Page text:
Sir Martin Sorrell, CEO of WPP.Reuters

Sir Martin Sorrell, CEO of WPP, who suffered an embarrassment at the advertising group's annual general meeting in 2012 as majority shareholders opposed his compensation package, has survived a similar shareholder revolt at the company's latest meeting.

More than a quarter of WPP shareholders were against Sorrell's hefty pay and bonuses last year totalling about £30m ($51m, €37m) – the highest among FTSE 100 leaders.

However, majority shareholders who are largely institutional investors approved the company's remuneration report and a new pay policy.

In 2012, 60% of shareholders rebelled against WPP's remuneration policies and forced reforms.

More than 28% of shareholders rejected or abstained from a vote on WPP's remuneration report for 2013. The compensation scheme delivered record-breaking awards to executives and created tensions between the management and shareholders over executive pay.

Meanwhile, WPP's chairman Philip Lader defended the pay scheme.

"It is my personal view that it would be unfair if something that was put in place by 80% of the shareholders years ago and the arithmetic computation reaches a certain number, to turn to 12 of the senior executives and say 'I'm sorry, but no longer is that applicable to you'. In fact that might even raise a legal issue," he said.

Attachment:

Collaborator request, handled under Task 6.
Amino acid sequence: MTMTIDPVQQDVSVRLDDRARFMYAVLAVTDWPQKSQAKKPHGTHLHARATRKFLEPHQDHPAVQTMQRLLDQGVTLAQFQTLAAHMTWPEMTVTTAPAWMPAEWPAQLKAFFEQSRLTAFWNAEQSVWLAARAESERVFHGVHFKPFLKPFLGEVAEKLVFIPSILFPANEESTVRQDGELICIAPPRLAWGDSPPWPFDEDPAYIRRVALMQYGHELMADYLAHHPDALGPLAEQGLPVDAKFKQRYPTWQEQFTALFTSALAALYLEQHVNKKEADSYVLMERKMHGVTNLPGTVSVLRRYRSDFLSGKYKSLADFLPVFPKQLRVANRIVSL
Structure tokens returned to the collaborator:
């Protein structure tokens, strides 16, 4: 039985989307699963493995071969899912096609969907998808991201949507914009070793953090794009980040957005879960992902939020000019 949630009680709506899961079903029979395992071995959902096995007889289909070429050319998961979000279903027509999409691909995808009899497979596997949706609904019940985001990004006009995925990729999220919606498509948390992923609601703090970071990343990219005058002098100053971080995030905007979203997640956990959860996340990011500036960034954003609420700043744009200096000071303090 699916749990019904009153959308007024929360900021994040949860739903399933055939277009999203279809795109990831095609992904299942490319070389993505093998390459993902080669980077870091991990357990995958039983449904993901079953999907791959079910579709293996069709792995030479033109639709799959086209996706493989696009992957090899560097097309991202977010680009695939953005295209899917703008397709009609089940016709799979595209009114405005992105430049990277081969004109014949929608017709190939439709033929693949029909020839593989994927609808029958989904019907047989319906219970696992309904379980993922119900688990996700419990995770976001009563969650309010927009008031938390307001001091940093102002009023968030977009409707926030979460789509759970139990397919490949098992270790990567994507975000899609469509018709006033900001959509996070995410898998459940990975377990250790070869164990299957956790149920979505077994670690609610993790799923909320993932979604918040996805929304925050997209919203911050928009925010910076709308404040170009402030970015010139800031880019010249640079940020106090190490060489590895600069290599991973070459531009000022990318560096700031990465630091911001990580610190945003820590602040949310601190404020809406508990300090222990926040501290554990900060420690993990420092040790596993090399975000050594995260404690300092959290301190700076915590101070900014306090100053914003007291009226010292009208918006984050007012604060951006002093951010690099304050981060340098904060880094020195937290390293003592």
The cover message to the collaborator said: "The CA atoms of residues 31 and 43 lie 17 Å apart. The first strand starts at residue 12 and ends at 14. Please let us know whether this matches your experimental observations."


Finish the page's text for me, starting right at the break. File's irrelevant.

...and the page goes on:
In order to address the compensation issue, WPP came up with a new compensation policy this time, which was opposed by 16% shareholders while 11% abstained from voting.

Influential group the Local Authority Pension Fund Forum was of the opinion that the salary and bonus packages under the new incentive scheme "are not justified by performance and are out of step with shareholder and community expectations of reasonable reward for effort".

Defending his high compensation package, Sorrell slammed critics and said his bonuses have soared in value partly because of WPP's rising share price.

"It's part of a continuum," he told the Independent.

"You don't go and analyse the investment I make in the company. You don't analyse the impact and the movements in the share price – positively or negatively. You don't analyse the fact that 100% of my wealth is in this company. You just put that to one side and you make comparisons with other situations and say they are the same. But they aren't."

WPP earlier reported that revenues were up by 1.2% in the first five months of 2014 to reach £4.4bn.

"All in all, 2014 looks likely to be another demanding year, as a strong United Kingdom pound and weak faster growth market currencies continue to take their toll on our reported results, but if budgets and quarter one revised forecasts are met, 2014 will be another strong year," Sorrell said, commenting on the results.